Answer: Global Rescue does not have visibility into why the expedition company had not provided sufficient supplies or why there was a shortage of oxygen. An immediate resupply would have required a night-time helicopter flight which no company in the area performs. Camp 4, which is where the climbers were when this request was made according to statements from Nimeral “Nims” Purja, is above the limits of available helicopters. Furthermore, it is not within our capability to resupply expeditions (hundreds of expeditions companies are operating in the Himalaya) that haven’t been properly supplied when they run out of oxygen or other essentials.
7. Did Global Rescue delay in offering to provide helicopter support to a rescue mission?
Answer: No. As soon as Global Rescue was informed of the coordinates of Mr. Chin’s location we were in contact with our helicopter providers as well as the expedition company supporting Mr. Chin to determine how/where a helicopter might be able to rescue him. Global Rescue agreed to pay for the costs of the helicopter needed for the rescue. Throughout the day on Wednesday, additional and troubling information became known to Global Rescue. It was later discovered that Mr. Chin’s wife had also been billed for his rescue, unbeknownst to us. Global Rescue was also subsequently contacted by the expedition company demanding to be paid for their help. These demands ranged from $50,000 – $100,000 USD. Global Rescue did not agree to these demands.
8. Why didn’t Global Rescue offer to reimburse the ground teams and others for their costs?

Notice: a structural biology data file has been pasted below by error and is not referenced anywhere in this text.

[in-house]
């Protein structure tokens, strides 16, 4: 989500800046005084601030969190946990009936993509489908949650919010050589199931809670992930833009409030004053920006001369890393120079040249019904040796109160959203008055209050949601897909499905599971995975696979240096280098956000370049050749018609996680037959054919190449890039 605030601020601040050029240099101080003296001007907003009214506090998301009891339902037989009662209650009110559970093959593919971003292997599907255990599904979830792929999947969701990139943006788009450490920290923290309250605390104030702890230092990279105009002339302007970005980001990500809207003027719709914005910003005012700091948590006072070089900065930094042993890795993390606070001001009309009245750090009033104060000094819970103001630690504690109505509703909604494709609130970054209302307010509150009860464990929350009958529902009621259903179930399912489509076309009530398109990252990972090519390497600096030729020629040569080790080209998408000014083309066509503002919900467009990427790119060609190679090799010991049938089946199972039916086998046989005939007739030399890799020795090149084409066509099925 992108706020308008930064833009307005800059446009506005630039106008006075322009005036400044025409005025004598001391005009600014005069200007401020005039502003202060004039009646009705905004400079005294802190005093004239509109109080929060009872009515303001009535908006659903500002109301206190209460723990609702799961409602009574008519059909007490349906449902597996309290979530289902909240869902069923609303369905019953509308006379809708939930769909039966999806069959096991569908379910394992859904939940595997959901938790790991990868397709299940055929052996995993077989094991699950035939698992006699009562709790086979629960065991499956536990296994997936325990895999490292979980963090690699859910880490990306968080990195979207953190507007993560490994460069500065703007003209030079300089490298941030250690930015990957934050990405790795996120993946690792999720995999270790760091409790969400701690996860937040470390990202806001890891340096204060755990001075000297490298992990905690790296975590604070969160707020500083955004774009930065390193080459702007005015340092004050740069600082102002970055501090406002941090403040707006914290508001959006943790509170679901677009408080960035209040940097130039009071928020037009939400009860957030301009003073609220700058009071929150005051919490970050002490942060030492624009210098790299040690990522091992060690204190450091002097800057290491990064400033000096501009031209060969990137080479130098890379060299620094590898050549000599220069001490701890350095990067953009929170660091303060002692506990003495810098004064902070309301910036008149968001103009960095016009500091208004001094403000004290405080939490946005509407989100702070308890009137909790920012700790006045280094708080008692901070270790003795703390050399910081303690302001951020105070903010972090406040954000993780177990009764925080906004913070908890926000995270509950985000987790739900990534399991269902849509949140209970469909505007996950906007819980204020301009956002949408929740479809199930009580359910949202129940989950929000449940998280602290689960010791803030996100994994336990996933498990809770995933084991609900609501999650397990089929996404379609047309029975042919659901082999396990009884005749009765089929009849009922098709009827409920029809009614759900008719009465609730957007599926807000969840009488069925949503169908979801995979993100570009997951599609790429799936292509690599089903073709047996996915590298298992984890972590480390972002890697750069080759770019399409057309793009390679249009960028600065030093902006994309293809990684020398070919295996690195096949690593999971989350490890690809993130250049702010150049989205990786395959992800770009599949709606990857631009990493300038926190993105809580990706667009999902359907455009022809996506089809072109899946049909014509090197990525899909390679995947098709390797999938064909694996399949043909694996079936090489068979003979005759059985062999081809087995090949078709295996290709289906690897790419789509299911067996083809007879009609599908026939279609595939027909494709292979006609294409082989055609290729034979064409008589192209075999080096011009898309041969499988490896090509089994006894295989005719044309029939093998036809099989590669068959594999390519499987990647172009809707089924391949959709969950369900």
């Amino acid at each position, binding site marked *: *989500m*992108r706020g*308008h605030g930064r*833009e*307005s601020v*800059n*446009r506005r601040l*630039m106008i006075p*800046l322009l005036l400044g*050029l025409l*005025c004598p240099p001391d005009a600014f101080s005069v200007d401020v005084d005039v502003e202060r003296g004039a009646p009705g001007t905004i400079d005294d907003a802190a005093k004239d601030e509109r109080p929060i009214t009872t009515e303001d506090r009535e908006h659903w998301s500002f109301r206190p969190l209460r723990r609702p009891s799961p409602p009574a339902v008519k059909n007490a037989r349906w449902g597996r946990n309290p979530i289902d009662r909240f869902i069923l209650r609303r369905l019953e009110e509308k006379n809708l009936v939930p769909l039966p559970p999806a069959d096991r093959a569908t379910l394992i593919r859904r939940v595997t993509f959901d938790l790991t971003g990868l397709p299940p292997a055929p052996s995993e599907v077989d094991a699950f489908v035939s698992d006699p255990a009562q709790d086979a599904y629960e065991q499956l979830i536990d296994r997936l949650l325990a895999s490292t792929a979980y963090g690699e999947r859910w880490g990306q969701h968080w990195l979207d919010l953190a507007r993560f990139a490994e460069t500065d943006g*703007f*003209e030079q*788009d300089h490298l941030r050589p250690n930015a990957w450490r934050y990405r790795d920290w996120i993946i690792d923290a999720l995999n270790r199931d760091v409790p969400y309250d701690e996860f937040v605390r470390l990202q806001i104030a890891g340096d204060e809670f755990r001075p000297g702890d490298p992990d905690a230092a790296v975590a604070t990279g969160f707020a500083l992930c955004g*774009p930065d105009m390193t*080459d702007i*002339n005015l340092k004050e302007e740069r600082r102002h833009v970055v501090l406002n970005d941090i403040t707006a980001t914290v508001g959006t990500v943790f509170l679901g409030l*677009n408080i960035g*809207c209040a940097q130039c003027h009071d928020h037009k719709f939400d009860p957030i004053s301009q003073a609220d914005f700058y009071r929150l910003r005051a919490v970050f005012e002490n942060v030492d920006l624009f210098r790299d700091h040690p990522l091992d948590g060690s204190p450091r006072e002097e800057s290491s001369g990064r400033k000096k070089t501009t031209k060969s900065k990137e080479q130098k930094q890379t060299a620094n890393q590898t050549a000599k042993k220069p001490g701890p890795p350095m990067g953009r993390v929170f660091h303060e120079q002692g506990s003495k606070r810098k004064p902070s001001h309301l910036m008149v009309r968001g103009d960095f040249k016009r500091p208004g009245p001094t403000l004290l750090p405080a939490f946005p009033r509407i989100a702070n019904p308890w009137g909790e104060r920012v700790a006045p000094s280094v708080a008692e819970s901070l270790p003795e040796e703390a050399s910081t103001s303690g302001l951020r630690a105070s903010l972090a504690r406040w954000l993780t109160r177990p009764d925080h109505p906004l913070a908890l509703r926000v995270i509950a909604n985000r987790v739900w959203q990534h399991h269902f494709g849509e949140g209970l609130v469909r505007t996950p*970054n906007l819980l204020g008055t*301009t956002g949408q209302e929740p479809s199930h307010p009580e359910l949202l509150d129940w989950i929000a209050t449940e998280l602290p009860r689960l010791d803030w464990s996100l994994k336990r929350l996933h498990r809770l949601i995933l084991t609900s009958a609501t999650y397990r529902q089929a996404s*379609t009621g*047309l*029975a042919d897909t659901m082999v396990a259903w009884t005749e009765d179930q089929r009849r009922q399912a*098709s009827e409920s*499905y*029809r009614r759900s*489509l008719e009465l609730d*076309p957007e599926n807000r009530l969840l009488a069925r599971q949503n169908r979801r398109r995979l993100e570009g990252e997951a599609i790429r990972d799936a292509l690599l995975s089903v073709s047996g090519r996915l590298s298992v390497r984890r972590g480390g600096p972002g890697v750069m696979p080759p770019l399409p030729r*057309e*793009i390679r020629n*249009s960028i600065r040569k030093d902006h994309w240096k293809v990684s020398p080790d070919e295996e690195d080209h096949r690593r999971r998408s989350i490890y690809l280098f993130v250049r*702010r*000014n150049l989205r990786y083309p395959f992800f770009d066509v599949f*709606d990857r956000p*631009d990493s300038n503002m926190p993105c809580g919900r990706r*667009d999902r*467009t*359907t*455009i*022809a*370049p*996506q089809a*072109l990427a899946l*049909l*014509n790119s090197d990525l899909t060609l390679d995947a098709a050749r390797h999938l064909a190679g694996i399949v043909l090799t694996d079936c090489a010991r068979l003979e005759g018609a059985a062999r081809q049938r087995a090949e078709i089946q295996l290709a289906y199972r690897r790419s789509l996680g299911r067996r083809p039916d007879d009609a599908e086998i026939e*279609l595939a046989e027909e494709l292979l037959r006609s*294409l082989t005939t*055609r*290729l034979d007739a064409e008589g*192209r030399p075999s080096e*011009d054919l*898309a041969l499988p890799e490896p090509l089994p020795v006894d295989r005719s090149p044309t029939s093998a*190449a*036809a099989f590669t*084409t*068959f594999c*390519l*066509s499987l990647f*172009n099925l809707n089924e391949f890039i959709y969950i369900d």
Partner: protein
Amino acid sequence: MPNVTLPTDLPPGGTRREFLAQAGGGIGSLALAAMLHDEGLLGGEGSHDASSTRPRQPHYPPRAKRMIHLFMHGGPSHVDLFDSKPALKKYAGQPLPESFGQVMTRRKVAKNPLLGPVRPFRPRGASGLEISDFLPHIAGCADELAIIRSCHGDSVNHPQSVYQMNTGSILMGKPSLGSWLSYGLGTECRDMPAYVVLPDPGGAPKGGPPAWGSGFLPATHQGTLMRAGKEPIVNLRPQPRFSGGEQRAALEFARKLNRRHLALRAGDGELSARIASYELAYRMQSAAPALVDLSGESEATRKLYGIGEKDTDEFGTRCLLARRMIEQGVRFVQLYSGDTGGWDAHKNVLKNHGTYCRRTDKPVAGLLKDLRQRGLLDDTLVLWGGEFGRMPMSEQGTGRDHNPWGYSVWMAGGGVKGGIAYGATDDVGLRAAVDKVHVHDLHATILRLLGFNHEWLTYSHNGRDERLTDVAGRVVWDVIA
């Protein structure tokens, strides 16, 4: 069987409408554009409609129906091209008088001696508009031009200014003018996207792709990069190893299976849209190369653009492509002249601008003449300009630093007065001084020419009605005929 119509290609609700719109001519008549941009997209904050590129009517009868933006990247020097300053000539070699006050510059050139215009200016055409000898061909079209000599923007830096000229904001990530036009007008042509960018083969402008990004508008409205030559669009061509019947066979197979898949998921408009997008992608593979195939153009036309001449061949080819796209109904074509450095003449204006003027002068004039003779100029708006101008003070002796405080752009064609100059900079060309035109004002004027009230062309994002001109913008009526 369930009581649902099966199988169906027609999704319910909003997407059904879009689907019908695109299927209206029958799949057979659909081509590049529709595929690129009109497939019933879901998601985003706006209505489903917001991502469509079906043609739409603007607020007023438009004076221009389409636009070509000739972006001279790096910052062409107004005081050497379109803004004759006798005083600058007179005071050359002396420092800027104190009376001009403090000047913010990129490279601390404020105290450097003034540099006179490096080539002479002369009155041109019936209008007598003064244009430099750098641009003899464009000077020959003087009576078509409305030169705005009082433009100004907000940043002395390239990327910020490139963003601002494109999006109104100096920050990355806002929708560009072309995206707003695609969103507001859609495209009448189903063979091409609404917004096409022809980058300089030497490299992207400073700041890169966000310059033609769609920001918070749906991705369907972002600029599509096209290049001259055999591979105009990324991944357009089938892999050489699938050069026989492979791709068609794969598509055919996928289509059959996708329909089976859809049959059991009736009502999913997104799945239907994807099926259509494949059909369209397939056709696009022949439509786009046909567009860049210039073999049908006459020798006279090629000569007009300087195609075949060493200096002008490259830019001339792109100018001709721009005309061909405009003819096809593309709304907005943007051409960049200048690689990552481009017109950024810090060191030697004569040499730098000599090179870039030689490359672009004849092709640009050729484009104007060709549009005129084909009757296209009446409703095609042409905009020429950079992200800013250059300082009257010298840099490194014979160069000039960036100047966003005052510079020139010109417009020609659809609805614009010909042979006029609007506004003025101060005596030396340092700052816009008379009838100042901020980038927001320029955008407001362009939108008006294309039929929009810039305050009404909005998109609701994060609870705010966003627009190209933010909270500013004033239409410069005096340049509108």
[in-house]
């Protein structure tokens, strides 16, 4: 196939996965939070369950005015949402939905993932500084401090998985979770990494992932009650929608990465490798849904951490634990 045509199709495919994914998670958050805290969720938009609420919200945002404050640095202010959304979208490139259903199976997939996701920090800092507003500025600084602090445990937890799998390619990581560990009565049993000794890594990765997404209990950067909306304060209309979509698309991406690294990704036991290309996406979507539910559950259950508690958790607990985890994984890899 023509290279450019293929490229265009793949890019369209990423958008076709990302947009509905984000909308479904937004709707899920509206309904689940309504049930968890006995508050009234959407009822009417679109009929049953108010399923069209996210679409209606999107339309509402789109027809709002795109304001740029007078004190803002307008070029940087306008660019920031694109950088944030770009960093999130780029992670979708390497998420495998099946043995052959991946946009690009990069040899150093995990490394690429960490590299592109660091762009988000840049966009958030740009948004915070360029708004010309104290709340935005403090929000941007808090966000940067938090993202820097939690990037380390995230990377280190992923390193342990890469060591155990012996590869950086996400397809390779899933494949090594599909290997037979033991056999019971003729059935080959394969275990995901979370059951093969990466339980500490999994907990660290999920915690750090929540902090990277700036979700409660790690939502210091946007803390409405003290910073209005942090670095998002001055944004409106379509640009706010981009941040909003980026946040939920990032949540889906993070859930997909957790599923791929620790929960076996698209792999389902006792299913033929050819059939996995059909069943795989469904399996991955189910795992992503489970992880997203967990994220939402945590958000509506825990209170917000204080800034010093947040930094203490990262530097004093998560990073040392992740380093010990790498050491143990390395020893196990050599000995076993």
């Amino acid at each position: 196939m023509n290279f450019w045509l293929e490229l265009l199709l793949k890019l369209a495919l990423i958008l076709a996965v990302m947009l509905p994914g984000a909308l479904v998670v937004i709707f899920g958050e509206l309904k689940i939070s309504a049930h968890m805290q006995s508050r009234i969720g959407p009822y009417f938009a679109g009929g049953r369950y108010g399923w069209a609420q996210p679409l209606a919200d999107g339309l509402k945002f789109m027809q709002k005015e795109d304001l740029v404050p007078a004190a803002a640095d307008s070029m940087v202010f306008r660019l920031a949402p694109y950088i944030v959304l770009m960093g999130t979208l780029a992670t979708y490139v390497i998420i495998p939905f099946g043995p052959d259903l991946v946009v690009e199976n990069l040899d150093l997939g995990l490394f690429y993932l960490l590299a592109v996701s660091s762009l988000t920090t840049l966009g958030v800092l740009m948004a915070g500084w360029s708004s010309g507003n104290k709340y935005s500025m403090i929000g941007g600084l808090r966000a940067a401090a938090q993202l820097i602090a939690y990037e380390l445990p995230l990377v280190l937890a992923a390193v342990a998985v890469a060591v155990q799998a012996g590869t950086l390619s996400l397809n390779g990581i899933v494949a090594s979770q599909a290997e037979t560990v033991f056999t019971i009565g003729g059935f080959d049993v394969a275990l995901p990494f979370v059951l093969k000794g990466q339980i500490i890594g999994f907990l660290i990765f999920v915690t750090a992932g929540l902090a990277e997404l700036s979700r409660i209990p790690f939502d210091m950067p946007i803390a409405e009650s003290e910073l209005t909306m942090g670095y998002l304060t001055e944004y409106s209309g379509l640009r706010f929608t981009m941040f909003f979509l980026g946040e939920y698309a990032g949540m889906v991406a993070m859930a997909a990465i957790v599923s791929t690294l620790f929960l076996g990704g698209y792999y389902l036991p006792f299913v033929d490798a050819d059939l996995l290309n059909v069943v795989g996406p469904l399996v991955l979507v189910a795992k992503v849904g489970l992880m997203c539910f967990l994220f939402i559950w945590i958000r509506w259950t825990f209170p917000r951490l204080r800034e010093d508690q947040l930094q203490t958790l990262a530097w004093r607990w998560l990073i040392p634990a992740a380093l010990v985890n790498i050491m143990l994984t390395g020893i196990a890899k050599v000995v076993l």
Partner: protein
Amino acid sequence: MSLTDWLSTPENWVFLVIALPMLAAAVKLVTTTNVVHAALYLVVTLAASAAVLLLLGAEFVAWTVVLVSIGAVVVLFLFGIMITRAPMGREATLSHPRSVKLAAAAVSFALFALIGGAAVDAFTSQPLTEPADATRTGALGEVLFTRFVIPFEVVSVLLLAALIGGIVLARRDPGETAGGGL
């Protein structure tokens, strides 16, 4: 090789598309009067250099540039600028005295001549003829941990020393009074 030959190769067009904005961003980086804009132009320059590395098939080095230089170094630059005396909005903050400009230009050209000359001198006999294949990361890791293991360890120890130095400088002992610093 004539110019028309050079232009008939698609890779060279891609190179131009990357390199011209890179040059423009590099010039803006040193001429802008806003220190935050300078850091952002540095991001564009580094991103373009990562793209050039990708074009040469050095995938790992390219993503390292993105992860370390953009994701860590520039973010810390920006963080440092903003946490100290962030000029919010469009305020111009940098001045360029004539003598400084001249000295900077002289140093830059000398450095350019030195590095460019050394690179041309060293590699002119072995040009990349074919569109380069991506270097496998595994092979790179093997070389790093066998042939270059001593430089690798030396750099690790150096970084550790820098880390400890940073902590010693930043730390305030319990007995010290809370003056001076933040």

Answer: Global Rescue is a services company, not an insurance company, and we have no ability to reimburse any parties for their expenses or provide open- ended financial commitments. We can and do pay our vendors and partners for their support in delivering our services, but cannot provide reimbursement. It should also be noted that Global Rescue does not bear financial responsibility for the cost of searching for its members.
9. How did Mr. Chin get transported to Singapore?
Answer: Global Rescue arranged, coordinated and paid for an ICU equipped private air ambulance to transport Mr. Kim from Kathmandu to Singapore.
10. Are all the facts of this mission known?
Answer: No. Our information gathering and investigation is ongoing and we will share information as it becomes available.
If there are any lessons from this incident, it’s the new awareness across the climbing community of the details in their evacuation policies – note I didn’t say “insurance.”
I did a brief survey of a few major evacuation companies and noticed they all have limits or exclusions on “search”. For example, TravelEx has a $10,000 limit on search and rescue but you must buy their “adventure package” at an additional cost. And Ripcord has a $25,000 limit for SAR included in their standard policy. It’s difficult to find these clauses and given my experience I had the detail contracts which I re-read closely. In some cases otherwise I never saw any mention of “search” on the company’s website.
My sincere condolence to Dr. Chin’s family and friends and best wishes for a swift recovery to Nima.
Memories are Everything!